Field at Dusk
As far as I can see in front of me are soy beans. The hazy summer heat is made musical with insects and birds - their cries coming so close that I half expect to see them rise from the field. Evening is coming on, slow and thick, creeping up the distant horizon and bruising the sky purple.
I stand at the edge of the field, toes curled in stained tennis shoes, nails bitten to the quick.
Behind me is a two story white farm house that creaks when you pass from room to room. On the front of the house a porch and on that porch a swing. I've learned not to grip the chain as I push back, glide forward, because the links twist and pinch the soft parts of my hand.
I can hear adults talking, several voices mixing together over sweating glasses of iced tea and the clink-clatter of dinner dishes being washed. My mouth is full of cantaloupe that came from the garden earlier today, my nose full of remembered sweetness.
A breeze sneaks across the field, tumbling, rolling green leaves. Its progress is clear, a wave rippling away. I brush hair out of my face, kick at the dirt.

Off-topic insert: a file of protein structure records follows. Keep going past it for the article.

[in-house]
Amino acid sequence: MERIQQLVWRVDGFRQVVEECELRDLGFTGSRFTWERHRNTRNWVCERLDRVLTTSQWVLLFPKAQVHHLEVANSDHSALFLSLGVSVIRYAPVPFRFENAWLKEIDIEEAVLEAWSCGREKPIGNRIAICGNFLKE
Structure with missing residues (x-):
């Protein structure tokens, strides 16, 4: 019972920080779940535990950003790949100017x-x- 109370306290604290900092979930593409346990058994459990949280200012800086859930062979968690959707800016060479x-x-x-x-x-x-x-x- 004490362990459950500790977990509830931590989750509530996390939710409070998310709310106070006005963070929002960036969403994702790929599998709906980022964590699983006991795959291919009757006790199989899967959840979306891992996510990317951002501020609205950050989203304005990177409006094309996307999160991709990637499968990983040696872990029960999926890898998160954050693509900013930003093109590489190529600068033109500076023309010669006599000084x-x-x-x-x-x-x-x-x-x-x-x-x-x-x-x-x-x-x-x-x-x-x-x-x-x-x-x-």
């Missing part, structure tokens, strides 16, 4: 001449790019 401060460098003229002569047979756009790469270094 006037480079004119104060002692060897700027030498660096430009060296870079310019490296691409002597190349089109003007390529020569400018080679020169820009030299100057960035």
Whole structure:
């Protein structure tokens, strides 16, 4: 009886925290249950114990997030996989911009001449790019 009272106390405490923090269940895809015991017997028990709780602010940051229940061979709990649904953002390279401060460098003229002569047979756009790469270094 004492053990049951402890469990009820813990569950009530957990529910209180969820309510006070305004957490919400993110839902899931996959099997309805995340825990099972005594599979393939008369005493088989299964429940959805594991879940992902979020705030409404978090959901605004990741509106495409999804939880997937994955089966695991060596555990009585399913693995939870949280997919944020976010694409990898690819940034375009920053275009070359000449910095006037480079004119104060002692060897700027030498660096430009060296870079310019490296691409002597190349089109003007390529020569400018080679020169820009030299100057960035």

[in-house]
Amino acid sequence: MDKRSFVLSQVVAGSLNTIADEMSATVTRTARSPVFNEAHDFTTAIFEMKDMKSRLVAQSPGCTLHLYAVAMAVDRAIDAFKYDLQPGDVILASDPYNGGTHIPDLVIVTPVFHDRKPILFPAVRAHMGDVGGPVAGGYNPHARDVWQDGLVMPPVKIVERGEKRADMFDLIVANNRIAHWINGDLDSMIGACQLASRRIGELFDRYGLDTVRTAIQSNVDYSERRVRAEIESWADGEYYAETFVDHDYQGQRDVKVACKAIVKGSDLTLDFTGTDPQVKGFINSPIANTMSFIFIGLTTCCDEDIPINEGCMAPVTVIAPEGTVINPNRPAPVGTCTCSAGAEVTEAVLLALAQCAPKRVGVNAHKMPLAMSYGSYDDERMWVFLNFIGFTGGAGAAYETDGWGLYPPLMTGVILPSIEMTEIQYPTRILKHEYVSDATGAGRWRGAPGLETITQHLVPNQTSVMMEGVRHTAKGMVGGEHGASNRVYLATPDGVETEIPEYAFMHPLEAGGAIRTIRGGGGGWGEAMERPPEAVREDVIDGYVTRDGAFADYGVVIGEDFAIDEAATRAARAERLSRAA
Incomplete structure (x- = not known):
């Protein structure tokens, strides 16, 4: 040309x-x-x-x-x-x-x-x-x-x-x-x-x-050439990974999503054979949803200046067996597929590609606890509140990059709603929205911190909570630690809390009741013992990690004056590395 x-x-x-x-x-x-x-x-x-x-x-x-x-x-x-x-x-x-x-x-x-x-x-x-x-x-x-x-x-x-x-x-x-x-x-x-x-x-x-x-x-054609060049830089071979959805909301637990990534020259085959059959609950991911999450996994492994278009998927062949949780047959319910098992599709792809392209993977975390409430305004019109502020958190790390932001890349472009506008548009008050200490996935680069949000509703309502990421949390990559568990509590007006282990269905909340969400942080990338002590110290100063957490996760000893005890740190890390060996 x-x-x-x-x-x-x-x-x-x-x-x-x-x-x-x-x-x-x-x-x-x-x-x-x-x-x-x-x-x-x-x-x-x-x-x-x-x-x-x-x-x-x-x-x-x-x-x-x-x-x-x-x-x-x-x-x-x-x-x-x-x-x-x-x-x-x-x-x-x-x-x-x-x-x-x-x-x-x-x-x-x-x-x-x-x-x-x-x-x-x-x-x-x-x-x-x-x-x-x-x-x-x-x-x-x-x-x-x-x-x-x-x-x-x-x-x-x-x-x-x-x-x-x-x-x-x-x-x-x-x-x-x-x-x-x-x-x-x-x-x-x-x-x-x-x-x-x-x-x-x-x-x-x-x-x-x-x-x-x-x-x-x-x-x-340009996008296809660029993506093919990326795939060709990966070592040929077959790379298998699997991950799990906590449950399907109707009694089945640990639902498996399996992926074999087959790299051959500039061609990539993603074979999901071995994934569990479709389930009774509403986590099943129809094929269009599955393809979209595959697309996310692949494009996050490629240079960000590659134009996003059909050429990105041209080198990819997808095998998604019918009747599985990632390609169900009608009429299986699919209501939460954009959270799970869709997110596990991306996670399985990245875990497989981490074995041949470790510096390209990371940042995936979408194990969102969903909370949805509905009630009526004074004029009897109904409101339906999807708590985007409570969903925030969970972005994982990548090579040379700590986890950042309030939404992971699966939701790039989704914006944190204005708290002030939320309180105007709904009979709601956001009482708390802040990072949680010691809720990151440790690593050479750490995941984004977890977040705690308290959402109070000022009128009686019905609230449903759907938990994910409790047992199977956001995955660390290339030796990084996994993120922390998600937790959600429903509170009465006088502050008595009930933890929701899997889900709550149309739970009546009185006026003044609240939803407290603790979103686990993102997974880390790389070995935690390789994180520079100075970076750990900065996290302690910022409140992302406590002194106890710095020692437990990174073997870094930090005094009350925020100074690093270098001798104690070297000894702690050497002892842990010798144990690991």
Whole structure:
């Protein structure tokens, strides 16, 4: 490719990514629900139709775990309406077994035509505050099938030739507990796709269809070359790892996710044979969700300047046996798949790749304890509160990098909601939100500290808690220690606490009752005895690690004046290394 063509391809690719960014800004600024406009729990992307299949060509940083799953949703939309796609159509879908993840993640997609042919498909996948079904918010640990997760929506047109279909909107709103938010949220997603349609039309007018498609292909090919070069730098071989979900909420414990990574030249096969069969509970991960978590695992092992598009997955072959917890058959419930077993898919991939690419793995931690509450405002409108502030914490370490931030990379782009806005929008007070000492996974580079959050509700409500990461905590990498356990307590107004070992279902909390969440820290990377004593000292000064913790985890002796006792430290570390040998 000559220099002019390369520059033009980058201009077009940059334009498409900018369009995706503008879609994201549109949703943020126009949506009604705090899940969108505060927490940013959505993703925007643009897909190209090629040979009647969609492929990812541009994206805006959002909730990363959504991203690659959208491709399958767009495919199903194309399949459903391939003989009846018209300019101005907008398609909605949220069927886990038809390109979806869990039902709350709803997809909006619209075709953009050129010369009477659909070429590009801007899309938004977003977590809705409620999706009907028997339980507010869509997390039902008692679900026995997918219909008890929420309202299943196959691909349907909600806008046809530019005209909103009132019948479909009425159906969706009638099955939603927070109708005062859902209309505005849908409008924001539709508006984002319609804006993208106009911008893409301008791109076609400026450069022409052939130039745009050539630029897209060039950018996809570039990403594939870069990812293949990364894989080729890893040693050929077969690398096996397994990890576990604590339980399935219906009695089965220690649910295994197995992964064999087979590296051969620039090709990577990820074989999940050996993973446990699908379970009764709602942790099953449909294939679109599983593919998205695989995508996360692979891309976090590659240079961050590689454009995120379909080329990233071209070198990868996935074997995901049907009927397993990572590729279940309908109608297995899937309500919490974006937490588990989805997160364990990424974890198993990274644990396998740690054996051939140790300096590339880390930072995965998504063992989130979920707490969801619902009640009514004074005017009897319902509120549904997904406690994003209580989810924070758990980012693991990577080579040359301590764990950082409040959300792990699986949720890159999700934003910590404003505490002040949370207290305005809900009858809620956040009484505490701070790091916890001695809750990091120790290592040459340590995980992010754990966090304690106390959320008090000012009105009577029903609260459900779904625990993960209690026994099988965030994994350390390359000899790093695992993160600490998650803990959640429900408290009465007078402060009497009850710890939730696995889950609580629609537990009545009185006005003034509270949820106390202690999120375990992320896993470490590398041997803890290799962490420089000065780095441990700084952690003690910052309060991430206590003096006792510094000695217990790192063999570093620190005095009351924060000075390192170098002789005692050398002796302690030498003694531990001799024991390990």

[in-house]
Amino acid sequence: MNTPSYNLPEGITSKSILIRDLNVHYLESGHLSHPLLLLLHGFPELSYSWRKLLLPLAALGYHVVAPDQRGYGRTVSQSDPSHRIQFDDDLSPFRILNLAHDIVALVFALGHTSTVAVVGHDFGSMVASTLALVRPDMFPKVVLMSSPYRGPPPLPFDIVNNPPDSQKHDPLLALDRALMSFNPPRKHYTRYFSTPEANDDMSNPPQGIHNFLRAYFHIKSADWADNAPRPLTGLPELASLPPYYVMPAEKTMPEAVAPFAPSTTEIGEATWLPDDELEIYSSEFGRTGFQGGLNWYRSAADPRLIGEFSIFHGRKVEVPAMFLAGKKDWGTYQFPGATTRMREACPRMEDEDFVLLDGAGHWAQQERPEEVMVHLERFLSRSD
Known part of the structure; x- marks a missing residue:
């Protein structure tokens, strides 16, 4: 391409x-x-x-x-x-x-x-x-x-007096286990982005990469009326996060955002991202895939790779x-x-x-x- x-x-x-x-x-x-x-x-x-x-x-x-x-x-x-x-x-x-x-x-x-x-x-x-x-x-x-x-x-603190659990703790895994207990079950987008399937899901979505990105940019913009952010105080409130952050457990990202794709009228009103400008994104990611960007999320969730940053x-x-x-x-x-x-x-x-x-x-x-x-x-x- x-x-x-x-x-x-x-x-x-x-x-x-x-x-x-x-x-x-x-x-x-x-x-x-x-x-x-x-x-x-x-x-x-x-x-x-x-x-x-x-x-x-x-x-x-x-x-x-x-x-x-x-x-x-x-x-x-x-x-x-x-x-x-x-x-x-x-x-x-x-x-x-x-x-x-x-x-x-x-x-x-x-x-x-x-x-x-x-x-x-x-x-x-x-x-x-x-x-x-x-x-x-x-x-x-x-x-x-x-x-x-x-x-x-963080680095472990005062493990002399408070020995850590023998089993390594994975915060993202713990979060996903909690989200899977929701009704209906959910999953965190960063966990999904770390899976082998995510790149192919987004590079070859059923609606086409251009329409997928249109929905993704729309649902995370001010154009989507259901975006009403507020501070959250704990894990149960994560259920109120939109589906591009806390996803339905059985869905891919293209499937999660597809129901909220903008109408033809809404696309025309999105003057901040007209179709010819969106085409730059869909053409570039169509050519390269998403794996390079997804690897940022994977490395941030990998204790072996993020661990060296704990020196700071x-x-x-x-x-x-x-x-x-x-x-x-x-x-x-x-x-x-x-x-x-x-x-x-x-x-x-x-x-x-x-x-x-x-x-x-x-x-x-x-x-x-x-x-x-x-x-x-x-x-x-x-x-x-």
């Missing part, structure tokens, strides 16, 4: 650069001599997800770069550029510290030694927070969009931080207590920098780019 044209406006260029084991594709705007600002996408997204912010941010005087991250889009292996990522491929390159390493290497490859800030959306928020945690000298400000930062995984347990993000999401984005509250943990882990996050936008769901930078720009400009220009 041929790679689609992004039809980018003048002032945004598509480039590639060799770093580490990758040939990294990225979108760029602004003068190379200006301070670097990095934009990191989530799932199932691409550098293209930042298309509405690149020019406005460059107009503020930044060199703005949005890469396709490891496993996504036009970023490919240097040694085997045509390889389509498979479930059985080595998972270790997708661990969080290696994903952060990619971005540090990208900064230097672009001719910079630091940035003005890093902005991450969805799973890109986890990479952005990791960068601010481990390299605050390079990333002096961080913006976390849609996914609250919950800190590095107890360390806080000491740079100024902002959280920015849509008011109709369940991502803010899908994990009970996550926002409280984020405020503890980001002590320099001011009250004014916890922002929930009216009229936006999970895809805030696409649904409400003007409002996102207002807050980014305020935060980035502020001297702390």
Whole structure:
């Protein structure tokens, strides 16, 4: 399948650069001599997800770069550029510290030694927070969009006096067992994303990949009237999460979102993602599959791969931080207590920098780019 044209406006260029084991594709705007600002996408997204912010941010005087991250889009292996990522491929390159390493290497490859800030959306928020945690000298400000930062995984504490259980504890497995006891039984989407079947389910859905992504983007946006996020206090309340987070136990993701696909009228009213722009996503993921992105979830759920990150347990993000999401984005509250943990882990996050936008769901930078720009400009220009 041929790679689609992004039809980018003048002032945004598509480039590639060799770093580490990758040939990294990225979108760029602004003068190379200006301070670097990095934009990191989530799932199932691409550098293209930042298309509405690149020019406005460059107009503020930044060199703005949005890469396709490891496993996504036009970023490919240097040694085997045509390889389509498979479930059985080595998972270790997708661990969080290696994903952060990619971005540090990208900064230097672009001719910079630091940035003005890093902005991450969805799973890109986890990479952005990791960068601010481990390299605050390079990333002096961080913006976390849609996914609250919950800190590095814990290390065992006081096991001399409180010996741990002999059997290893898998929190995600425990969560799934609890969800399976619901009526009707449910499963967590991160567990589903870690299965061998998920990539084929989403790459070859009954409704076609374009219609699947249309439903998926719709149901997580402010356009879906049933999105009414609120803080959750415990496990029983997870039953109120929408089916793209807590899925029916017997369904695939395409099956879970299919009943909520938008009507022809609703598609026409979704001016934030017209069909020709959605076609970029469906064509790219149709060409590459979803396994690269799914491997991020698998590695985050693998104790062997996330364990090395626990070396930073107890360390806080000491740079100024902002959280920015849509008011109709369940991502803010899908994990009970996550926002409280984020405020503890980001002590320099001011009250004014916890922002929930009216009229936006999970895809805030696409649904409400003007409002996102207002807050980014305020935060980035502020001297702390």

Standing at the edge of the field is almost like standing at the edge of the ocean. If I walked forward, took one step, the plants would swallow me whole.
I hear a screen door slam and I turn to the house. My great-grandmother comes through the back door with a bowl of kitchen scraps that she tosses onto the compost pile. Seeing me she waves, calling me back to the house, to iced tea and peach cobbler, calling me back to sitting on the linoleum floor with my brother and listening to the adults talk.
I run toward her, feeling the empty field at my back.